Very recently someone asked me this question: “Tai, do you think I’ll ever amount up to anything?” Being a light hearted person who values fun above all things, you can imagine my shock at being asked such a loaded question. What made this even more shocking was that one of the facility workers at my job, who is in his 80’s, asked me this.
Now, like many other college graduates, I have felt more than a little lost at times. Although I am working in my field, the existential fear of having peaked at 23, being unable to escape the comfort of a steady paycheck, or failing to find work outside my small town can be debilitating. I still struggle with this fear, however being asked that simple question by someone four times my age, albeit sad, was also strangely comforting. I say this because it put into perspective that you can feel that your life is going nowhere at almost any age.
An article published in the Huffington Post by Jamie Varon, titled “To Anyone Who Thinks They’re Falling Behind in Life,” speaks a lot about the fear of not being or doing enough to further ourselves when it comes to all aspects of our lives. She states that “you are as you are until you’re not. You change when you want to change. You put your ideas into action in the timing that is best. That’s just how it happens.” She goes on to say that we forget the nature of life, which often times teaches us lessons and gives us what we need in roundabout ways, and we can’t control it. She also mentions that we must accept the fact that we are just where and when we are supposed to be.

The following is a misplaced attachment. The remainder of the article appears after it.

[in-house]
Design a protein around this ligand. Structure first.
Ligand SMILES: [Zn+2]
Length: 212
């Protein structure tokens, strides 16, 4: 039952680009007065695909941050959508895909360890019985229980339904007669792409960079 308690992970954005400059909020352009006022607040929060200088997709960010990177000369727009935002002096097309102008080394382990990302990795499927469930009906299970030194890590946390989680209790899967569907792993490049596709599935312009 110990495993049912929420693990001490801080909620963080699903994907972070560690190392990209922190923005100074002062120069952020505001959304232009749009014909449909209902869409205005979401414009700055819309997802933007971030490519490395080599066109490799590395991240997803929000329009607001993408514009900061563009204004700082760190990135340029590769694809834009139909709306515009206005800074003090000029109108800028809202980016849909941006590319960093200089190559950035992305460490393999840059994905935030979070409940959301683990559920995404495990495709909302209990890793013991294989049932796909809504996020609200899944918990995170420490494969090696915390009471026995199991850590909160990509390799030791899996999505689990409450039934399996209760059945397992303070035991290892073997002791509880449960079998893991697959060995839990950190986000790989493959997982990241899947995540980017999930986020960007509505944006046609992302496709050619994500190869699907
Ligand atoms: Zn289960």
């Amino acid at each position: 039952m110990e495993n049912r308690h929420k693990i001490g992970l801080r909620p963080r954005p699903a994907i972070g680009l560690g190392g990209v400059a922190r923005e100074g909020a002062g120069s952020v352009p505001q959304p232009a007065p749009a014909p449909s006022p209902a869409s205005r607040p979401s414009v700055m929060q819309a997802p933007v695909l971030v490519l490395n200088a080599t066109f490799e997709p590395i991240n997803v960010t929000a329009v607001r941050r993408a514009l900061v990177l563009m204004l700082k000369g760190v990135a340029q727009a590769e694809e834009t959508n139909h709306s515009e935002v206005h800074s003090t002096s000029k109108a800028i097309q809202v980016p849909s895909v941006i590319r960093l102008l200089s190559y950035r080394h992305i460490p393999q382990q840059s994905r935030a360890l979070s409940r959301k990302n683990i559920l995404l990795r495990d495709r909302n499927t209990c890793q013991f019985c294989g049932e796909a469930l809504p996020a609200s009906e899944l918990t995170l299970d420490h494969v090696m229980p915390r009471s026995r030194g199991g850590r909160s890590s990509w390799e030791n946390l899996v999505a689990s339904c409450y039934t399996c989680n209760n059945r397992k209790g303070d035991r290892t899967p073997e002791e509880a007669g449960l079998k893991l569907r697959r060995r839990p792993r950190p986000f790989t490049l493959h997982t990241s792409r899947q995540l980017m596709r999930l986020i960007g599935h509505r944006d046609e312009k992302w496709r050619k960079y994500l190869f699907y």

The stigma that comes from not being successful financially, romantically, and career-wise stunts our growth, and can cause us to become even more stagnant than we already feel. Furthermore, the daily assault of self-help articles, inspirational quotes, and people telling you that “you should do yoga and mindful meditation,” or “just be positive” only exacerbates your own feelings of being stuck or falling behind; feelings which I know very well. After graduating I picked up four jobs, two in my field and two just to make some extra cash, and I still felt that I was doing absolutely nothing with my time. It wasn’t until I decided to stop perceiving myself as a failure that I was able to realize how much success I had actually accrued. Also, like Varon suggests, let go of the “shame around the idea that you’re not doing your best,” and stop comparing yourself to other people. Their successes are no more or no less than your own, and comparing them will only ever make you feel that yours are lesser.
Okay, I know what you’re thinking, “How can someone who just admitted that they feel utterly lost writing be a self-help article about not listening to self-help articles?” Yes, it is slightly hypocritical, but what can I say, I like you am only human; and sometimes reading an article that confirms some of my fears and lets me know it’s okay to have them is cathartic, and aids in sorting out some of the mess in my mind. The point of me writing this is to tell you it’s okay to feel that your life is going nowhere. I can’t tell you the amount of times I have made a plan and sworn to stick to it, only to have it fall apart the next hour, which is why we have the proverb “man plans and God laughs,” so I’ve decided to just laugh along.